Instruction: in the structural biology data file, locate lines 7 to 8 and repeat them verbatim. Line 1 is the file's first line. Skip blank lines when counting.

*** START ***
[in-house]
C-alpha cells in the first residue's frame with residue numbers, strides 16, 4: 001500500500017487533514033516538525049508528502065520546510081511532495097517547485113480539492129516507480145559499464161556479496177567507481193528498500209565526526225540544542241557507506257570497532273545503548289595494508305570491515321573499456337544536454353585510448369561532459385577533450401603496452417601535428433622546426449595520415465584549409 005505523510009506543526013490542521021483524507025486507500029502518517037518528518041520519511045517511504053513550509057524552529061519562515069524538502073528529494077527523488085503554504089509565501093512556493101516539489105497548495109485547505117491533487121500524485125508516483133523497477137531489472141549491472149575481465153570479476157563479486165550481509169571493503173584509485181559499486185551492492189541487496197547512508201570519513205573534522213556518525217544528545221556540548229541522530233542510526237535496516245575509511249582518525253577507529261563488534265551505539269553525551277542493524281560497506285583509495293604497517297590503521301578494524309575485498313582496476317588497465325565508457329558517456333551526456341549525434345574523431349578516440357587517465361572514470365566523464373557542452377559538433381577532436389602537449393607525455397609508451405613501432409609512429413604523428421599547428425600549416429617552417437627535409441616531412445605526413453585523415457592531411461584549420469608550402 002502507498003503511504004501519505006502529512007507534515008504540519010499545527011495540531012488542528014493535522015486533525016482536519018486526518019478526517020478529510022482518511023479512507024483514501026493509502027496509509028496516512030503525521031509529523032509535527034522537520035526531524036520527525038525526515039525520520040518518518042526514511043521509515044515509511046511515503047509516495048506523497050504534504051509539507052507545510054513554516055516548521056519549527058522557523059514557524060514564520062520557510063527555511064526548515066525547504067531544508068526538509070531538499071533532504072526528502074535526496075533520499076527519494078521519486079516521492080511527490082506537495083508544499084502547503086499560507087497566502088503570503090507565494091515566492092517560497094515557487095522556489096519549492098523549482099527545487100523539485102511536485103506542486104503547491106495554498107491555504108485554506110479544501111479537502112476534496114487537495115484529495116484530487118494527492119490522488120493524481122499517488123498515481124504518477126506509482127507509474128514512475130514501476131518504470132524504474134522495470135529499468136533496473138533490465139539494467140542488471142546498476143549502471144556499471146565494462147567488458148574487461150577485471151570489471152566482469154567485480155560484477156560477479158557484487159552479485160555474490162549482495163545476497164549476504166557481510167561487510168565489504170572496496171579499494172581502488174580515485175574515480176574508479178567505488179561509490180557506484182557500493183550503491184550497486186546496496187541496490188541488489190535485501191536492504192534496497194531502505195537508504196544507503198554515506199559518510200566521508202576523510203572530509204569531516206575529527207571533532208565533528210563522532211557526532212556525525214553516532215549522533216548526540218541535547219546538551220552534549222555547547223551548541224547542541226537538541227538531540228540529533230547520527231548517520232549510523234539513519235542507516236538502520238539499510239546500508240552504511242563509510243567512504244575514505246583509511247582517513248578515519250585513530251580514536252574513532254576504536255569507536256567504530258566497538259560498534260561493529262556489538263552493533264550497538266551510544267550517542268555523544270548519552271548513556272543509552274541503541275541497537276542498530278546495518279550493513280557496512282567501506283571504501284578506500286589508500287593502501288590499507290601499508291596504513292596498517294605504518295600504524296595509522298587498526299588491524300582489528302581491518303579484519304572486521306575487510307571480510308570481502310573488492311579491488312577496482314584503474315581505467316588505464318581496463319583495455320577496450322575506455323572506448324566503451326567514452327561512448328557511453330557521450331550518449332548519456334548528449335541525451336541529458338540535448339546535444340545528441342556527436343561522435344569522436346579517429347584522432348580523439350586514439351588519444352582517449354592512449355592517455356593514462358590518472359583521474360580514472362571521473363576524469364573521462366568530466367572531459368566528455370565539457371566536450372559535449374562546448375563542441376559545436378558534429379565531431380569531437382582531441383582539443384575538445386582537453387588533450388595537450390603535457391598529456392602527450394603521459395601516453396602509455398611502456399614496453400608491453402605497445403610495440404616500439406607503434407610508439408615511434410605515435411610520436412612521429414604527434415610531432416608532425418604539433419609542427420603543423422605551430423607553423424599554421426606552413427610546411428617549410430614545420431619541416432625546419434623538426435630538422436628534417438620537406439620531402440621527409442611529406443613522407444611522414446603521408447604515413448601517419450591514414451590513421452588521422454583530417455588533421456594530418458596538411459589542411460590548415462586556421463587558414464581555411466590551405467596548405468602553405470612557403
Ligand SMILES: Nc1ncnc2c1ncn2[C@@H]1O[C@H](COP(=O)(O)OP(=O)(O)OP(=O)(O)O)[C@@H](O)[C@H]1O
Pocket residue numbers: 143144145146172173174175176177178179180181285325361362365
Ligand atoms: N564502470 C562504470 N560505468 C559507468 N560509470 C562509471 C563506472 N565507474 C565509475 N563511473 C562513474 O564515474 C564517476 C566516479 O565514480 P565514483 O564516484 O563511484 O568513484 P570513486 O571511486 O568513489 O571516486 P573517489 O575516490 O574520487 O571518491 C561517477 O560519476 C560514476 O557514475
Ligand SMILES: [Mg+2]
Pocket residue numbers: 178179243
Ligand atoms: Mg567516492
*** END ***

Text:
Pocket residue numbers: 178179243
Ligand atoms: Mg567516492